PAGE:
NEW YORK (Reuters) – Asian shares shed some of their recent gains on Wednesday as investor concerns about rising tensions between the United States and China tempered optimism about a re-opening of the world economy.
U.S. President Donald Trump said late on Tuesday he is preparing to take action against China this week over its effort to impose national security laws on Hong Kong, but gave no further details.
Worsening relations between the world’s two biggest economies will further hobble global growth, already in the doldrums due to the coronavirus pandemic worldwide.
E-Mini futures for the S&P 500 edged down 0.05%, just short of the 3,000 chart level. The index had cleared 3,000 points in Wall Street overnight before pulling back, as some traders returned to the New York Stock Exchange floor for the first time in two months.
The Nikkei share average <.N225> slipped 0.1%, unwinding some of the gains made on Tuesday when it climbed to their highest in nearly 12 weeks. Australia’s ASX 200 <.AXJO> lost 0.9% in early trade and South Korea’s KOSPI <.KS11> fell 0.2%.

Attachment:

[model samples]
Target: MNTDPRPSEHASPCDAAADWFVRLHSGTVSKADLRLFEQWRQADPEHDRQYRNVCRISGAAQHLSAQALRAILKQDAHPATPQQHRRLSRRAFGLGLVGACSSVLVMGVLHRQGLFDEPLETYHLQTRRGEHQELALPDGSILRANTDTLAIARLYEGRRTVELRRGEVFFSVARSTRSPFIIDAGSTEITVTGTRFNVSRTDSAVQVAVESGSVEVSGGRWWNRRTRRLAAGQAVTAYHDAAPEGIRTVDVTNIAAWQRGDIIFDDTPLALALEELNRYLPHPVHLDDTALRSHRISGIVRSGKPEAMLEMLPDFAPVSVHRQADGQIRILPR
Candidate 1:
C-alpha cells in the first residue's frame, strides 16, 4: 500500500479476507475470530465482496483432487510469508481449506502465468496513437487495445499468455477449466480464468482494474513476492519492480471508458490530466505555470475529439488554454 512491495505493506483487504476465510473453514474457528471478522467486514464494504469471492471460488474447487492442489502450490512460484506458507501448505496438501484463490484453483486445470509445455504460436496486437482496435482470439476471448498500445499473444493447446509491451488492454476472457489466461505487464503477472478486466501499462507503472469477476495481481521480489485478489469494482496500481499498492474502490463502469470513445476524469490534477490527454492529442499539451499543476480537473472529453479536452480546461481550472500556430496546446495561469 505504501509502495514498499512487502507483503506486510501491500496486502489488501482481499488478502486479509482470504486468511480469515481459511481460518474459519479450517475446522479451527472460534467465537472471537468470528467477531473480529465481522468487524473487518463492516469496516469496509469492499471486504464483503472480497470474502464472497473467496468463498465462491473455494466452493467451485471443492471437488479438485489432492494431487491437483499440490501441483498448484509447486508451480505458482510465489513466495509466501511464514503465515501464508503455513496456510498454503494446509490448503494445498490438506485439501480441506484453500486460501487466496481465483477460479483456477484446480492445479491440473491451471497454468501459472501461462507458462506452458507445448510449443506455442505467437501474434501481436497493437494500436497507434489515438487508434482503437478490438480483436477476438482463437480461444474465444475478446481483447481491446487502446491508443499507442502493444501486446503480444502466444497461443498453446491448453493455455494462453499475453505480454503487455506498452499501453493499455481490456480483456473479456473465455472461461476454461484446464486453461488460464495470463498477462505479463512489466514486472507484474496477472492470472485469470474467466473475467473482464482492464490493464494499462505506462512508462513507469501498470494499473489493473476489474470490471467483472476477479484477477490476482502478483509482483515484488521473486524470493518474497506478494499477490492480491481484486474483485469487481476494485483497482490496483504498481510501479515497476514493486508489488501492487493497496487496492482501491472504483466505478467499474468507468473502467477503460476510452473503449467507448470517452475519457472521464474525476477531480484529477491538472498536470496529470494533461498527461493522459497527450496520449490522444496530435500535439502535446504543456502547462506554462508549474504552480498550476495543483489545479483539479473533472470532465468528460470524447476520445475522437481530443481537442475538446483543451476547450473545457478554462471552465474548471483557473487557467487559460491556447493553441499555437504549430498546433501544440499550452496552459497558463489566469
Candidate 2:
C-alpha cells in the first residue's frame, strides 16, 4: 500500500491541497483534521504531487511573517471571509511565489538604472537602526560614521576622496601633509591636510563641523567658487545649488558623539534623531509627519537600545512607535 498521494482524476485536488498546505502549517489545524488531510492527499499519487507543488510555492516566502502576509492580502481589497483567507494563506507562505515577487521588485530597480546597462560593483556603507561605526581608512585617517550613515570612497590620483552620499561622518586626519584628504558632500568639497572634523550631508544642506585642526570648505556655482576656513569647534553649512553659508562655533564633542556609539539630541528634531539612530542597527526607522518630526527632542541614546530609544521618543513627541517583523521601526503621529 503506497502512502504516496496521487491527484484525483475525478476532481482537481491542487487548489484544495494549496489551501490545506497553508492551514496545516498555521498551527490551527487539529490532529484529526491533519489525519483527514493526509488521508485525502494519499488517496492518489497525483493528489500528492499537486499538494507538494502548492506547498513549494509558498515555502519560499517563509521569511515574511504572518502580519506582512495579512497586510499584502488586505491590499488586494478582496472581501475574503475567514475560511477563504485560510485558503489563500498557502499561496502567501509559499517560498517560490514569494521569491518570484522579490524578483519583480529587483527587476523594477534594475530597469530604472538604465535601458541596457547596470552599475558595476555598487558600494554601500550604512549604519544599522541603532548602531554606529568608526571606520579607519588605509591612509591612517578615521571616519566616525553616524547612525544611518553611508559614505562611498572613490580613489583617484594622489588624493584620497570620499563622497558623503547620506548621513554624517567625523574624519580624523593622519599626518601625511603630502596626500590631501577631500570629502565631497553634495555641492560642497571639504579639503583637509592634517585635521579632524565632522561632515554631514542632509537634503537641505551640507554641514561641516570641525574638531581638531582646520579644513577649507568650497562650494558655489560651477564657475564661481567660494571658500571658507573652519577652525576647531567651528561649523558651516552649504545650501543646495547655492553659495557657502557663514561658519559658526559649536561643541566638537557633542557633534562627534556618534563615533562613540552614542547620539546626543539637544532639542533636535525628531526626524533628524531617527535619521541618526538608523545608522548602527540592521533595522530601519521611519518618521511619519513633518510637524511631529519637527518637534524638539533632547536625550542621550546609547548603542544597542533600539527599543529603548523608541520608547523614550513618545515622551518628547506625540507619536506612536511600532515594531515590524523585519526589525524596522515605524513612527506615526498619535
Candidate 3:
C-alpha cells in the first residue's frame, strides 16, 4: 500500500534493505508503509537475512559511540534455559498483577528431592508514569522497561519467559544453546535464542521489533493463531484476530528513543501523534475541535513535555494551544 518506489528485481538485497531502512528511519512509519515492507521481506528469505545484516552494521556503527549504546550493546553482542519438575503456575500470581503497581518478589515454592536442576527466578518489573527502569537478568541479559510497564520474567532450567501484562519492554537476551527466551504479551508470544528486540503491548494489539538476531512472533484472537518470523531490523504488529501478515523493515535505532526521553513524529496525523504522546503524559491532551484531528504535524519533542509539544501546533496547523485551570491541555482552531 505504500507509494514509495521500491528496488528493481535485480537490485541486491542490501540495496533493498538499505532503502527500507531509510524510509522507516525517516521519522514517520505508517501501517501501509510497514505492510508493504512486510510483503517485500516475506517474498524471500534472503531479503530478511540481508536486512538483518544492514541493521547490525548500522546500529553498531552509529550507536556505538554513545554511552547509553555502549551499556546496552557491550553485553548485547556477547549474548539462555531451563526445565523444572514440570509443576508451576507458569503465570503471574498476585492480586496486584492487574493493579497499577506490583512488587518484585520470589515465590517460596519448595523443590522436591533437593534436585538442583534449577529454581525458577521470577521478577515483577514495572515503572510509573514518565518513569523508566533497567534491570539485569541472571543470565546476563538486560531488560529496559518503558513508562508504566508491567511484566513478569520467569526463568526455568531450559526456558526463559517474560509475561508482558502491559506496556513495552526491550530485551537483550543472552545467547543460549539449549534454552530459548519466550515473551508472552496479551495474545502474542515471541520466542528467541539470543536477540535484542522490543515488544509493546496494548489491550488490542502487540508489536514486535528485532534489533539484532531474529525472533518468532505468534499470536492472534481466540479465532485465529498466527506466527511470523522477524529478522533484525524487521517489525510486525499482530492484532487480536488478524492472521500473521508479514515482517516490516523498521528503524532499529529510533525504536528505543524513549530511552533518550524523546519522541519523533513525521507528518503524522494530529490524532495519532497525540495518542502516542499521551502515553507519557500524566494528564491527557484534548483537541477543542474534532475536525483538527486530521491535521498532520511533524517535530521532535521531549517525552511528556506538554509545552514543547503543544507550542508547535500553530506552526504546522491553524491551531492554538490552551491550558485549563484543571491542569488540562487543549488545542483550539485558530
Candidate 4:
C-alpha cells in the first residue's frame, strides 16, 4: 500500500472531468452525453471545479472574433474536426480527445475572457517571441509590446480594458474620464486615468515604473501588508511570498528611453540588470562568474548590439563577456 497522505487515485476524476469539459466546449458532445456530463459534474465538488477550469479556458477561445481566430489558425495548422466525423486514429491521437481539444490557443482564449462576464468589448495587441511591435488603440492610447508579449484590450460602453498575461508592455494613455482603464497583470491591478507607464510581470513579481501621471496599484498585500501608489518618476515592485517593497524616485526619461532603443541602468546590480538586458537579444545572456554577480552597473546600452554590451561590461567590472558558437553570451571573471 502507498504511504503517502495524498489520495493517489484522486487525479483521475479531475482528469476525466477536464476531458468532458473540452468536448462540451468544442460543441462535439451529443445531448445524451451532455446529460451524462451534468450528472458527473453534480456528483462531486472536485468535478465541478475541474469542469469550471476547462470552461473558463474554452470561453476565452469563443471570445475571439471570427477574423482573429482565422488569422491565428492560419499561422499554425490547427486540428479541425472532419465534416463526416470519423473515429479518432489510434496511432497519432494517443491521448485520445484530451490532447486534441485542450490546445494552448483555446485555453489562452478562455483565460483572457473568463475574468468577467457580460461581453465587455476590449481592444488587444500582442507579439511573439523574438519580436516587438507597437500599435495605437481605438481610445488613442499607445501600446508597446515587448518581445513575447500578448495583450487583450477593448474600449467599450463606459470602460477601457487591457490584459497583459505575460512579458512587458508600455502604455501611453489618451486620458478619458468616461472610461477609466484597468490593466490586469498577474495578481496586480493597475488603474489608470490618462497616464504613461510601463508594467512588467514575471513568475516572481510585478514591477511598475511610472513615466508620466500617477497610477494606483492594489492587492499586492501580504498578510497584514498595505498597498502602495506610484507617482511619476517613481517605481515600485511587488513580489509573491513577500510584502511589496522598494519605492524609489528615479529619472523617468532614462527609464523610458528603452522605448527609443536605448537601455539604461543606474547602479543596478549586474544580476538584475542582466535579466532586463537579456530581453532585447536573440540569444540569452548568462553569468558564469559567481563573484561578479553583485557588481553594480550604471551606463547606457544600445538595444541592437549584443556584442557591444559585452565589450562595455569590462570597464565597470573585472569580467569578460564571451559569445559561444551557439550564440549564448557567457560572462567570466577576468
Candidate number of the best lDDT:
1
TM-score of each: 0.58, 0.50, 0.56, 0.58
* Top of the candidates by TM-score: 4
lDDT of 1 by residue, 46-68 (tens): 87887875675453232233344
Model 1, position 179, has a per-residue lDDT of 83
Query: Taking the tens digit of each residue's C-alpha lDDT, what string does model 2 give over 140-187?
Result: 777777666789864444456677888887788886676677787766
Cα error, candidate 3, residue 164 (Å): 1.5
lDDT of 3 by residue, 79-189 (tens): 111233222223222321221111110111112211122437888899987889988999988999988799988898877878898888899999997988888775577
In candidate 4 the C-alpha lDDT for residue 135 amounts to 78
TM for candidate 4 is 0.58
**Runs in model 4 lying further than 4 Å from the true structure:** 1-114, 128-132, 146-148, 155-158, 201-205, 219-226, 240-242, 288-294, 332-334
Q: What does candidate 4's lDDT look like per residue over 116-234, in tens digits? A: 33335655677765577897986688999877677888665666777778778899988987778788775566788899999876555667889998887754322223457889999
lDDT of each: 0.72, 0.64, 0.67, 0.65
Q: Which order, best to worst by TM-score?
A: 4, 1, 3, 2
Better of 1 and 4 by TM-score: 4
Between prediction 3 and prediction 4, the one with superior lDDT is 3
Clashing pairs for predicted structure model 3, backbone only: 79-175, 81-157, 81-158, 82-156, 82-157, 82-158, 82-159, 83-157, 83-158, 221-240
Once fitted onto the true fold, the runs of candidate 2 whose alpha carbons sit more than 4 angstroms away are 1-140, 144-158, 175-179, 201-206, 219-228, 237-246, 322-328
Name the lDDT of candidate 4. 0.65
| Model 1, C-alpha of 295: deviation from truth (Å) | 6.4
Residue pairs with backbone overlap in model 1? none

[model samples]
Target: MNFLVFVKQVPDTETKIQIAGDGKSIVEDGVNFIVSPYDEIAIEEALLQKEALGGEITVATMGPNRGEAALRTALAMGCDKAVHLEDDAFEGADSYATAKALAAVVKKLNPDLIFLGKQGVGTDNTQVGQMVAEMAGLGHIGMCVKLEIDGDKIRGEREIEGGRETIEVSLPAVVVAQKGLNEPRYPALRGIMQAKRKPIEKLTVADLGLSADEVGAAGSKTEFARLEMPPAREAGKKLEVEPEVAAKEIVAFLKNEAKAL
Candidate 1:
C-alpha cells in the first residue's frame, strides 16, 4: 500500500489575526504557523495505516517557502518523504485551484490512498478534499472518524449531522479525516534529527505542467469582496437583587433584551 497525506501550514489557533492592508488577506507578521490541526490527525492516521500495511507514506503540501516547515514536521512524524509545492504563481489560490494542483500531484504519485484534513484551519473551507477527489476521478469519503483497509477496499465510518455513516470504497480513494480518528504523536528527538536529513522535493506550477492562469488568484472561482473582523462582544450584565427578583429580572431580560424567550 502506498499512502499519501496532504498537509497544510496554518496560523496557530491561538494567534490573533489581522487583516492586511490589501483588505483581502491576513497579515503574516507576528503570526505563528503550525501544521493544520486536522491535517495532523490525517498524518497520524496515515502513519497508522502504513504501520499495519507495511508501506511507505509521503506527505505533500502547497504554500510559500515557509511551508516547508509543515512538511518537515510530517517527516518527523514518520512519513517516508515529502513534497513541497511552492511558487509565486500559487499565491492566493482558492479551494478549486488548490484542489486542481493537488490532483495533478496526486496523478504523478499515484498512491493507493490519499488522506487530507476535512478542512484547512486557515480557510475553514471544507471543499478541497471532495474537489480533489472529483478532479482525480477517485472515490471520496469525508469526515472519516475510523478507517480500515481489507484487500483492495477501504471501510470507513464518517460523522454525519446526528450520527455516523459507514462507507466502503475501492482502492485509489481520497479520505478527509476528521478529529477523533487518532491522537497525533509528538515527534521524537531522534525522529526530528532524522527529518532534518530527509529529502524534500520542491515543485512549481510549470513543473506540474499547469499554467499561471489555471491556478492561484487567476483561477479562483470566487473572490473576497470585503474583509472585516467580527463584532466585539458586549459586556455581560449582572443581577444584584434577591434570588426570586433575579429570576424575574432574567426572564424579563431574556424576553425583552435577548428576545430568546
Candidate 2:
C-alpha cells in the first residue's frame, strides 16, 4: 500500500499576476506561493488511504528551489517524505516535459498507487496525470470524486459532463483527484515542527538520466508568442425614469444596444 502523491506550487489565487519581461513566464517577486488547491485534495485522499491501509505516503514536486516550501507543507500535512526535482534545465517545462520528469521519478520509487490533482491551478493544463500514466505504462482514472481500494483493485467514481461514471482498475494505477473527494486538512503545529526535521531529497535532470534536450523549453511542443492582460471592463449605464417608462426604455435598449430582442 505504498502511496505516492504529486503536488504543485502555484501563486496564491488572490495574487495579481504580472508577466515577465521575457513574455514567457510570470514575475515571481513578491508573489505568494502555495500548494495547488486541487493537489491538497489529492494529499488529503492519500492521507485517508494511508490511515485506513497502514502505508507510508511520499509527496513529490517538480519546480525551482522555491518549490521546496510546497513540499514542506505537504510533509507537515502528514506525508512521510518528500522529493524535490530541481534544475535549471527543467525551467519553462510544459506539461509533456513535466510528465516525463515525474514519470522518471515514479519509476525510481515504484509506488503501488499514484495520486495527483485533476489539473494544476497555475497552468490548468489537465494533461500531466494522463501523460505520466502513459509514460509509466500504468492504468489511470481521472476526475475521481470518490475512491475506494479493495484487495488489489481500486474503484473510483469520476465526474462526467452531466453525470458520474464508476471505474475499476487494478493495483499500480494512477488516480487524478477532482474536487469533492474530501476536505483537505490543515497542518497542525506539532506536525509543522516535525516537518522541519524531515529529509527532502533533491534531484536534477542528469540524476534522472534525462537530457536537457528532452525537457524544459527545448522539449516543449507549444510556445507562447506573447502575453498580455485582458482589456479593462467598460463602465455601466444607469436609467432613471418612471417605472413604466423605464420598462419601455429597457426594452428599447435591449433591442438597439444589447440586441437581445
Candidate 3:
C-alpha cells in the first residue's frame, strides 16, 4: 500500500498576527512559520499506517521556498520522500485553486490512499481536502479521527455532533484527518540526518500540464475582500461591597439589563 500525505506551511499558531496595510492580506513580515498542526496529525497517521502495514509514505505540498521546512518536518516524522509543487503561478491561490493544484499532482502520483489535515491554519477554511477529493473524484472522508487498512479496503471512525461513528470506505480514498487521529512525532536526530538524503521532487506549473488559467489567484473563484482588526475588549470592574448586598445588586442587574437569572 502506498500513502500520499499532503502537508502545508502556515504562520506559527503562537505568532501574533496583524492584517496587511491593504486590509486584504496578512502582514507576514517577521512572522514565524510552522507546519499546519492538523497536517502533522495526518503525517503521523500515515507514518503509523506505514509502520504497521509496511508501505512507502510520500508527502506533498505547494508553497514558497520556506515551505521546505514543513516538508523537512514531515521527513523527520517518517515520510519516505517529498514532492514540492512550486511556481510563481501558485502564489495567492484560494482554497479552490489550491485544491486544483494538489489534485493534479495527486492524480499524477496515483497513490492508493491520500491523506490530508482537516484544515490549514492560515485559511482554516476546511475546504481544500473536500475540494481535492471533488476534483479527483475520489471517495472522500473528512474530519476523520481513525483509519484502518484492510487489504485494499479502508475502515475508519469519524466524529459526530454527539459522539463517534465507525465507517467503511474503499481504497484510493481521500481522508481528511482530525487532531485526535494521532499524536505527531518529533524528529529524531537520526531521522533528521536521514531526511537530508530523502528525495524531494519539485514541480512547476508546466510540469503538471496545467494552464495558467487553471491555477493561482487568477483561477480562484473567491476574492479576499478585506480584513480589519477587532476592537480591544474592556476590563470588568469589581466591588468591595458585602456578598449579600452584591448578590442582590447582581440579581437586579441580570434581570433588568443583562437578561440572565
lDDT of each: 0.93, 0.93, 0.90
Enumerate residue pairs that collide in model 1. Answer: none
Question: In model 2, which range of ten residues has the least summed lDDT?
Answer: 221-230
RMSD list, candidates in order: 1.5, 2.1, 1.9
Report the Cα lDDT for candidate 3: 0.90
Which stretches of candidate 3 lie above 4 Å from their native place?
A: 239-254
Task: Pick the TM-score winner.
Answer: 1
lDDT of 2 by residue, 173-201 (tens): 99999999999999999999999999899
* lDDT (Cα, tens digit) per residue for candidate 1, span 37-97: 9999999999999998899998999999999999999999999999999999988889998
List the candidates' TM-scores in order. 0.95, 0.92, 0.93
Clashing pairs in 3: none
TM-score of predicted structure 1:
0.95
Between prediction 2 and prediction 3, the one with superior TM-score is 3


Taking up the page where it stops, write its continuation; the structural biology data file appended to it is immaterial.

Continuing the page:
“The S&P500 looked to be set to close above 3,000 until the late headline that the United States was considering a range of sanctions on Chinese officials and businesses should China go ahead with its legislation regarding Hong Kong,” analysts at the National Australia Bank said in a note.
“The extent of those possible sanctions is uncertain,” the analysts said.
China’s plans to impose national security laws in Hong Kong have triggered the first big street unrest in the Asian financial hub for the first time since last year. Overnight, hundreds of riot police took up posts around Hong Kong’s legislature in anticipation of protests on Wednesday.
Indeed, some analysts warned that even the recent jump in share prices showed signs of caution.
“Stock buying in the last 24 hours has a strong defensive bent,” Michael McCarthy, chief market strategist at CMC said in a note. “Beaten down consumer and financial stocks are leading markets higher, at the expense of the previously popular tech and healthcare sectors.”
Moderating demand for risk helped the safe-haven U.S. dollar index to edge up 0.03% to 99.042, reversing from losses overnight.
U.S. Treasury yields retreated from levels struck overnight, with two-year yields hovering at 0.170%, up from a record low of 0.105% struck on May 8, but still under 0.20%.
Gold prices rebounded from losses as some investors played it safe, with spot gold unchanged at $1,711.45 per ounce.
The retreat from risk led oil prices to give up earlier gains. U.S. West Texas Intermediate crude futures were down 0.3%.
(Reporting by Koh Gui Qing; Editing by Sam Holmes)